Asthma is a chronic respiratory condition that is characterised by inflammation and narrowing of the airways, leading to symptoms such as shortness of breath, wheezing, coughing and tightness of the chest. Asthma affects both males as well as females but there are gender differences that have been noted and studied.

Asthma: Health and safety rules designed to protect asthmatic people at work (Photo by Twitter/ColumbiaAllergy)
Asthma: Health and safety rules designed to protect asthmatic people at work (Photo by Twitter/ColumbiaAllergy)

In an interview with HT Lifestyle, Dr Vikram Vora, Medical Director, Indian Subcontinent at International SOS, revealed, “There is a significant body of scientific literature that states that there is a higher incidence of asthma in males in early life and in females post-puberty. This is thought to have multi-factorial causality –from female sex hormones that inhibit mucous clearance to differences in relative growth of lung tissue and airways between genders. Apart from age, obesity, allergies and other associated environmental exposures also contribute to an increase in adult asthma. I have seen a growing impact on people with asthma at the workplace, as they get exposed to triggers that precipitate sudden attacks or worsen symptoms.”

Bringing his expertise to the same, Dr Lancelot Pinto, Consultant Pulmonologist and Epidemiologist at PD Hinduja Hospital and Medical Research Centre in Mumbai, explained, “Indoor air quality plays an important role in the health of individuals. The “sick building syndrome” defined a few decades ago described a constellation of symptoms (including those involving the upper and lower respiratory tract) that individuals experienced when they spent a prolonged time in a building, very often a workspace. Individuals with asthma have a low threshold for reacting to pollutants (both organic and inorganic), temperature and humidity fluctuations, all of which are heightened in stressful situations.”

He elaboarted, “Air quality tends to be one of the most important determinants of asthma control. Improving air quality in closed spaces would involve architectural changes, heating, ventilation, and air conditioning (HVAC) optimization. Architectural changes are difficult and modifying existing architecture to improve ventilation could be expensive. In a tropical country like India, opening up windows and letting air circulate is easier to do than in colder climates. Fans can be added to help lower temperatures, improve ambient comfort, and help air circulate. There would be challenges to managing this in the monsoons, and one would have to think of novel and tailored solutions to prevent discomfort due to humidity. When it is not possible to turn off air-conditioning, one should try and have air exchanges as frequently as possible rather than recirculate air (even though this may be less energy-efficient). Improving air filtration by mechanical, electronic, ultraviolet-C in air ducts, or HEPA filters can be used, but these tend to be expensive. The most inexpensive way of improving ventilation is possibly a combination of opening up windows and installing strong exhaust fans, the combination of which will lead to constant air circulation.”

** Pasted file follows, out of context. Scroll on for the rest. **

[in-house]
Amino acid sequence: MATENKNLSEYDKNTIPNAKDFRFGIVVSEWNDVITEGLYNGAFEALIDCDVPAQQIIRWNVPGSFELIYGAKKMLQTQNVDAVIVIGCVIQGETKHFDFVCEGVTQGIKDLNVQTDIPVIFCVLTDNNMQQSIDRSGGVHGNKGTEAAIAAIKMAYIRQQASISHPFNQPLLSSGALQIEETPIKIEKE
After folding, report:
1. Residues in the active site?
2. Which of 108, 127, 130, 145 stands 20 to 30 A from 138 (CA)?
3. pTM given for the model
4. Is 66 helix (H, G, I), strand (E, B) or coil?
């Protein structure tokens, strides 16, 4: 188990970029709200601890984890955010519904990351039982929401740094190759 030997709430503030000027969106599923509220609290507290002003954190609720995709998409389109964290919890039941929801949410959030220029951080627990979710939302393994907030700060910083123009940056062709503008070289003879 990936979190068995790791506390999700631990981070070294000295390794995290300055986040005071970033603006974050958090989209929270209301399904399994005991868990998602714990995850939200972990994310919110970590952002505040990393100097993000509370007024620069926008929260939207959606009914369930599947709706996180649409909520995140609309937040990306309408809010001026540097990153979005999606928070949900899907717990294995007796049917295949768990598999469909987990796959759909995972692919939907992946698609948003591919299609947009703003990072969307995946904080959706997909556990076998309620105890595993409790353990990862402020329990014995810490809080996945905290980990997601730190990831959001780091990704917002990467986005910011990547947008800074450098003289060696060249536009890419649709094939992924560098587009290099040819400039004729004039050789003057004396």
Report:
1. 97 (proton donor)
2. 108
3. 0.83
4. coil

Cautioning that fungi or mould growing on damp walls is also a common trigger for asthma and these need to be attended to, Dr Lancelot Pinto warned, “In addition, strong smells such as burning incense sticks, the use of “air fresheners”/strong cleaning solutions/pesticides can all trigger asthma, and essential services (such as cleaning) should be performed over the weekend. Viral infections are a common trigger for asthma attacks, and encouraging sick individuals to work from home, or mask up during meetings could help. Carpets should be avoided, as they harbour dust mites, dirt and dust, all of which can worsen asthma control. In the event that an individual has an asthma attack at work, a written action plan could be shared with a work colleague, along with the listing of the caregiver’s details and a plan to move the person to the nearest healthcare facility are all useful to prevent panic, and help the individual deal with the asthma attack.”